Gov. Jerry Brown signed an executive order Monday to bolster California’s preparedness for cyber-attacks which could disrupt the Golden State’s economy and infrastructure or violate residents’ privacy and lead to identity theft.

The order directs the Governor’s Office of Emergency Services to create a California Cybersecurity Integration Center (Cal-CSIC), responsible for strengthening the state’s cybersecurity strategy and improving inter-agency, cross-sector coordination to reduce the likelihood and severity of cyber-attacks.

The new Cal-CSIC will work closely with the California State Threat Assessment System and the U.S Department of Homeland Security to improve information sharing between local, state and federal agencies, tribal governments, utilities and other service providers, academic institutions and non-governmental organizations.

Cal-CSIC will also establish a multi-agency Cyber Incident Response Team to serve as the state’s primary unit to lead cyber threat detection, reporting, and response in coordination with public and private entities across the state.

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State Sen. Steve Glazer to be sworn in. (Again.)

The Bay Area’s newest lawmaker will be sworn in this week. Again.

Steve GlazerState Sen. Steve Glazer, D-Orinda, in May defeated fellow Democrat Assemblywoman Susan Bonilla won the special election to succeed Mark DeSaulnier, who was elected to Congress last November.

Glazer was officially sworn in by Gov. Jerry Brown at the State Capitol on May 28, and has cast dozens of votes since. But his in-district ceremonial swearing-in is scheduled for 6:30 p.m. this Thursday, Aug. 27 in the Danville Veterans Memorial Building, 400 Hartz Ave. Former Rep. George Miller, D-Martinez, will administer the oath of office and Contra Costa County District Attorney Mark Peterson will serve as master of ceremonies.

The event is open to 7th State Senate District residents.To RSVP, contact Glazer’s district office at 925-942-6082 or senator.glazer@senate.ca.gov.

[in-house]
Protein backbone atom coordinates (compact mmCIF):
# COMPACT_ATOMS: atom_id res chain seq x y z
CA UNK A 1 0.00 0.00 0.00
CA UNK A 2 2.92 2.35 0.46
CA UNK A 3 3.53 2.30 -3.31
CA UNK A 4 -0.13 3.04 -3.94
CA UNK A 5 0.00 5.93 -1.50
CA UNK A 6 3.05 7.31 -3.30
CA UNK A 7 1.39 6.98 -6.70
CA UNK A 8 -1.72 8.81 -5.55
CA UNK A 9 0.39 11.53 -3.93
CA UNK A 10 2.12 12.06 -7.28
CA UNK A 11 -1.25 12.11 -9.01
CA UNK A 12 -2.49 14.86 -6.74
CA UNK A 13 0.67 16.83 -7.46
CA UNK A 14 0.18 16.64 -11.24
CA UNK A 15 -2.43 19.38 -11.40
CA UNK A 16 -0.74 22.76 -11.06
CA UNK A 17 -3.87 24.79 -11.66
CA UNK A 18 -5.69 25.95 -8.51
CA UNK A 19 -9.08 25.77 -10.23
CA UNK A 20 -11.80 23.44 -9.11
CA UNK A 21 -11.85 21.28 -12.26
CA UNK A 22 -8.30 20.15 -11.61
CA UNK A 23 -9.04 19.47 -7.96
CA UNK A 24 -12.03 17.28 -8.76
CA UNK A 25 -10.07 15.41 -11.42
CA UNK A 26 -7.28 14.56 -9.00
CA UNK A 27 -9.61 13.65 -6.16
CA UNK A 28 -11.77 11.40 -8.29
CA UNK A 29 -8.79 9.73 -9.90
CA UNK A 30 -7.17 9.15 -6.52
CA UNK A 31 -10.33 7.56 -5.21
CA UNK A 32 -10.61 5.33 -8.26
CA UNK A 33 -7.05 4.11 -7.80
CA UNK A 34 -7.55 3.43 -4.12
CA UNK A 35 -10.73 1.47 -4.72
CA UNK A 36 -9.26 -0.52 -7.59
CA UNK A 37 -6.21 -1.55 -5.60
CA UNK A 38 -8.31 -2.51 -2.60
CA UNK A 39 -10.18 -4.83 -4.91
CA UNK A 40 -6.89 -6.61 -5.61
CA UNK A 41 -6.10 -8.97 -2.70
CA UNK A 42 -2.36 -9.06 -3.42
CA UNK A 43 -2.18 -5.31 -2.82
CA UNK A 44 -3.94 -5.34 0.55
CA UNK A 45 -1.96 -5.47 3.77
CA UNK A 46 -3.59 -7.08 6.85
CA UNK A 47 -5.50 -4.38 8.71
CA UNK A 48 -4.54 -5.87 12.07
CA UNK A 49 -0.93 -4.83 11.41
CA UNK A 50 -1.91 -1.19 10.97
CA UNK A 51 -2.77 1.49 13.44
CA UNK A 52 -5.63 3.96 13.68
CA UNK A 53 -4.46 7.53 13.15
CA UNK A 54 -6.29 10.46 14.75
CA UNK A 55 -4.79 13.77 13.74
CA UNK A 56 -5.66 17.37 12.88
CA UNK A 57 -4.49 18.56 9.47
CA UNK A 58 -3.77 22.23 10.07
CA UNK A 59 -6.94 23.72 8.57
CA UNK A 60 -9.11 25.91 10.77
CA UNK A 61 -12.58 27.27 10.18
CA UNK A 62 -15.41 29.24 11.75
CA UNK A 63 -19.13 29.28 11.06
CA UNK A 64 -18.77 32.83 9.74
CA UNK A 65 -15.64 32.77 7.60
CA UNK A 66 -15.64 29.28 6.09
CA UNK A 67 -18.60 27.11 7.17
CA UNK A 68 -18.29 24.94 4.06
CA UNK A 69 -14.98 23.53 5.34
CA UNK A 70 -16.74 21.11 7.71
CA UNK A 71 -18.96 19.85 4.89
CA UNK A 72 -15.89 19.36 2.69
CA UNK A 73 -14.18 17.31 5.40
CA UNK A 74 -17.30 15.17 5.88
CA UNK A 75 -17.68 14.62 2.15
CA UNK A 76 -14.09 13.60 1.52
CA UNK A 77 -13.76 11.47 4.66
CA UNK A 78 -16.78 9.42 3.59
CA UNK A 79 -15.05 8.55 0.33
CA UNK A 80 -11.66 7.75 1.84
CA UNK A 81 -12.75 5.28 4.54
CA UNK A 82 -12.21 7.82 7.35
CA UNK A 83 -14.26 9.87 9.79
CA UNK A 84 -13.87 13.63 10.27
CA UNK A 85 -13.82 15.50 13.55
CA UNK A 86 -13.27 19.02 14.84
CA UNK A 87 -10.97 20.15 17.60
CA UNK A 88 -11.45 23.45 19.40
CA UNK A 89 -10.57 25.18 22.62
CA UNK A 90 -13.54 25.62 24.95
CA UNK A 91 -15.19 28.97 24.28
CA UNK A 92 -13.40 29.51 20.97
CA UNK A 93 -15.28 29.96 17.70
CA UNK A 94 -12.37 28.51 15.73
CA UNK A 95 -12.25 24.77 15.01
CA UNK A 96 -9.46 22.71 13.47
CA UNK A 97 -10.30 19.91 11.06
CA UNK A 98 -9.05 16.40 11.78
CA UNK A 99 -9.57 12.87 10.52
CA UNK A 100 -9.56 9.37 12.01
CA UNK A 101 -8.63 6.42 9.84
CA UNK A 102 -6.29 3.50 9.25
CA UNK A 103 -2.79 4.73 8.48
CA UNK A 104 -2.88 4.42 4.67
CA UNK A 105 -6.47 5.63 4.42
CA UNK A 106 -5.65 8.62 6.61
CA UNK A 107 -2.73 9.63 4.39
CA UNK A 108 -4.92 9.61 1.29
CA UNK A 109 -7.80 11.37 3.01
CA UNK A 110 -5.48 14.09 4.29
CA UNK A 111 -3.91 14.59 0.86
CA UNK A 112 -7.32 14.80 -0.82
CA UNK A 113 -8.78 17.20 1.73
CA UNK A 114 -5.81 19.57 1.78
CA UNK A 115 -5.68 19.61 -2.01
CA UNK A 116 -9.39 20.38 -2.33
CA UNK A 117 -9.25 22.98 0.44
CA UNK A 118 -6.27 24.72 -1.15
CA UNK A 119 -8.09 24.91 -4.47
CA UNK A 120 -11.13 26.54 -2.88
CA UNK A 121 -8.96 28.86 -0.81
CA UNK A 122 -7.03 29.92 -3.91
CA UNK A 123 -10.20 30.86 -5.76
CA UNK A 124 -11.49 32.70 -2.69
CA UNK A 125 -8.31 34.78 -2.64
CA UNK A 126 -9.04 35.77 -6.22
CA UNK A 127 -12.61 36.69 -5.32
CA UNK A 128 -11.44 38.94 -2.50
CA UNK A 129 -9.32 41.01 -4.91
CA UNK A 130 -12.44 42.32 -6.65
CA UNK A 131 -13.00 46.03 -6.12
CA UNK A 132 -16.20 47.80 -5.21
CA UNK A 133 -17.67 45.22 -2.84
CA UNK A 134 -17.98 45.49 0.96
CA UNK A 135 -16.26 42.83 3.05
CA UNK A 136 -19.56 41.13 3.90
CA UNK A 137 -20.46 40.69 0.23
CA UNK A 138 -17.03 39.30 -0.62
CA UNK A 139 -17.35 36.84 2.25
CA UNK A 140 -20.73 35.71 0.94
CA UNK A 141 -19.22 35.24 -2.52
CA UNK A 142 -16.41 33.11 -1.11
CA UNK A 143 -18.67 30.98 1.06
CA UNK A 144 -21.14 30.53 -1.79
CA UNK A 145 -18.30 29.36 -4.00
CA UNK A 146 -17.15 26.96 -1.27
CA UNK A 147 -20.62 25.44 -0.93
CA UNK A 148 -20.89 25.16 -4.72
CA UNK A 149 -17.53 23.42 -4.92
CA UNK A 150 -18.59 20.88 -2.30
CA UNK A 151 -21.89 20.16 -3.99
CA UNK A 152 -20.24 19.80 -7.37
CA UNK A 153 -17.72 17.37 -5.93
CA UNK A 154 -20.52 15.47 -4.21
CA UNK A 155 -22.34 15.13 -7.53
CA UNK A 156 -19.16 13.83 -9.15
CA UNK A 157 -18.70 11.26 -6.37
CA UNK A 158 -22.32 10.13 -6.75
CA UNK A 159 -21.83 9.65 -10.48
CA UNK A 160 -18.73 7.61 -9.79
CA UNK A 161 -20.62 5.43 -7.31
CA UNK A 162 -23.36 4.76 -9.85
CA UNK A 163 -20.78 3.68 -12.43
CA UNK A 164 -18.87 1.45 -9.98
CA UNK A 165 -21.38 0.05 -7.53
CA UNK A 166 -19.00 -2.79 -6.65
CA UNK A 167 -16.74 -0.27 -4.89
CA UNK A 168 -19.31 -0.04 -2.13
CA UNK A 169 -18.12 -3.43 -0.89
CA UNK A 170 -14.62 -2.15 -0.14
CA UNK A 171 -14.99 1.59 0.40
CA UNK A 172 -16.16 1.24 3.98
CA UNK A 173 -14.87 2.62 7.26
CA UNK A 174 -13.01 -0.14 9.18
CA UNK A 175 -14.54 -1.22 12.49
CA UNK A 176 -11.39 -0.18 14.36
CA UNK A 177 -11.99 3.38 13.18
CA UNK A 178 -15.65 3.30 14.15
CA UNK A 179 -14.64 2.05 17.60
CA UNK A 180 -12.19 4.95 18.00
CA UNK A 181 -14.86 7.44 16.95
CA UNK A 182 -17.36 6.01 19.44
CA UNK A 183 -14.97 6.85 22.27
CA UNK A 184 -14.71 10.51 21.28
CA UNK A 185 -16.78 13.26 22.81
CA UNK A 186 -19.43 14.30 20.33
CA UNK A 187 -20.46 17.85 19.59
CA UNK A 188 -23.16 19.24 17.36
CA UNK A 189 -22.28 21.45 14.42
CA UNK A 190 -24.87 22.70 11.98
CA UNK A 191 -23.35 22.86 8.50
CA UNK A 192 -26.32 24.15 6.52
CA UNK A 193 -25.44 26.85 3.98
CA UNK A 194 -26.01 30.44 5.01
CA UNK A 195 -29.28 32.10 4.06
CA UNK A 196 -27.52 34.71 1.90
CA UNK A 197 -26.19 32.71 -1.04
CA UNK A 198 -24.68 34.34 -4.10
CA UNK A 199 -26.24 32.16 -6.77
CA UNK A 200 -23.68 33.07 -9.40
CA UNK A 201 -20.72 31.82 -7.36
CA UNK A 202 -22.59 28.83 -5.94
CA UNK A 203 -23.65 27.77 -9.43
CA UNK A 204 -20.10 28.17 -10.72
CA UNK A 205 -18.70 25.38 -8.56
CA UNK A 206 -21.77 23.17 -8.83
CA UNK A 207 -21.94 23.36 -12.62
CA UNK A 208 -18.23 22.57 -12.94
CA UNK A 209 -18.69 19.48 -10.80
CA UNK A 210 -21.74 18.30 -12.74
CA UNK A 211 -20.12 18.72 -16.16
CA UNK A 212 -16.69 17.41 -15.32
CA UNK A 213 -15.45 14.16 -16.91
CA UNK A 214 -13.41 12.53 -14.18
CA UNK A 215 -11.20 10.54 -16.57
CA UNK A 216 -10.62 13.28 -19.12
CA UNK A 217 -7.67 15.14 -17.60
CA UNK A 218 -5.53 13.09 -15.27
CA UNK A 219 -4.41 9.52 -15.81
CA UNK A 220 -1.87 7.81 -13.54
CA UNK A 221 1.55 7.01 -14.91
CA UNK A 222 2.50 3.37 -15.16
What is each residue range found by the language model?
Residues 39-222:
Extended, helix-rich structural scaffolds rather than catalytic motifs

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Go talk to your congressman

With only two weeks left in Congress’ summer recess, there are still a few chances to see and be heard by your lawmaker.

Rep. Mark DeSaulnier, D-Concord, has several events coming up. First, I’ll moderate a Commonwealth Club of California discussion with him at 6:30 p.m. Tuesday, Aug. 25 in the Lafayette Library and Learning Center, 3491 Mt. Diablo Blvd. Tickets cost $12 for club members, $20 for non-members or $7 for students, and are available online.

DeSaulnier also is continuing his series of free, public town-hall meetings as well. The remaining three are scheduled for Wednesday, Aug. 26 in the Harding Elementary School auditorium, 7230 Fairmount Avenue in El Cerrito; Wednesday, Sept. 2 in the Orinda Library Auditorium, 26 Orinda Way; and Thursday, Sept. 3 in the Clayton Library’s Hoyer Hall, 6125 Clayton Road. All three will be from 6:30 p.m. to 8 p.m.

Rep. Mike Thompson, D-St. Helena, will host a town hall forum on Social Security at 2 p.m. Tuesday, Aug. 25 in the Florence Douglas Senior Center, 333 Amador St. in Vallejo. Special guests will include Max Richtman, President and CEO of the National Committee to Preserve Social Security and Medicare, and Sandy Goodman, District Manager of the Vallejo Social Security Administration field office.

Rep. Jerry McNerney, D-Stockton, will host a California drought solutions forum from 10 to noon Tuesday, Aug. 25, in the San Joaquin County Robert J. Cabral Agricultural Center, 2101 E. Earhart Ave. in Stockton. Open to the public, the forum will feature experts and voices that include farmers, water technology innovators, policy makers, federal and state government, academia, and others.

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Jerry Brown on Hillary’s emails: ‘Like a vampire’

California Gov. Jerry Brown called Hillary Clinton’s email controversy “a vampire” that she’ll have to stake through the heart, in an interview Friday with NBC News “Meet the Press” host Chuck Todd.

Jerry Brown on Meet the Press (NBC NEWS)In a segment that will air Sunday, Todd noted that Brown in March had cautioned that the email problem might not go away on its own, and asked what Clinton should be doing better to deal with it now.

“Well, I don’t know,” Brown replied. “This email thing, it has kind of a mystique to it. You know, an email is just an utterance in digital form. But it has some kind of dark energy that gets everybody excited. So I don’t know how.

“It’s almost like a vampire,” the governor continued. “She’s going to have to find a stake and put it right through the heart of these emails in some way. But I don’t think a leading candidate for president needs the advice of another politician. Generally they don’t follow it, and I think they know everything I can figure out on their own.”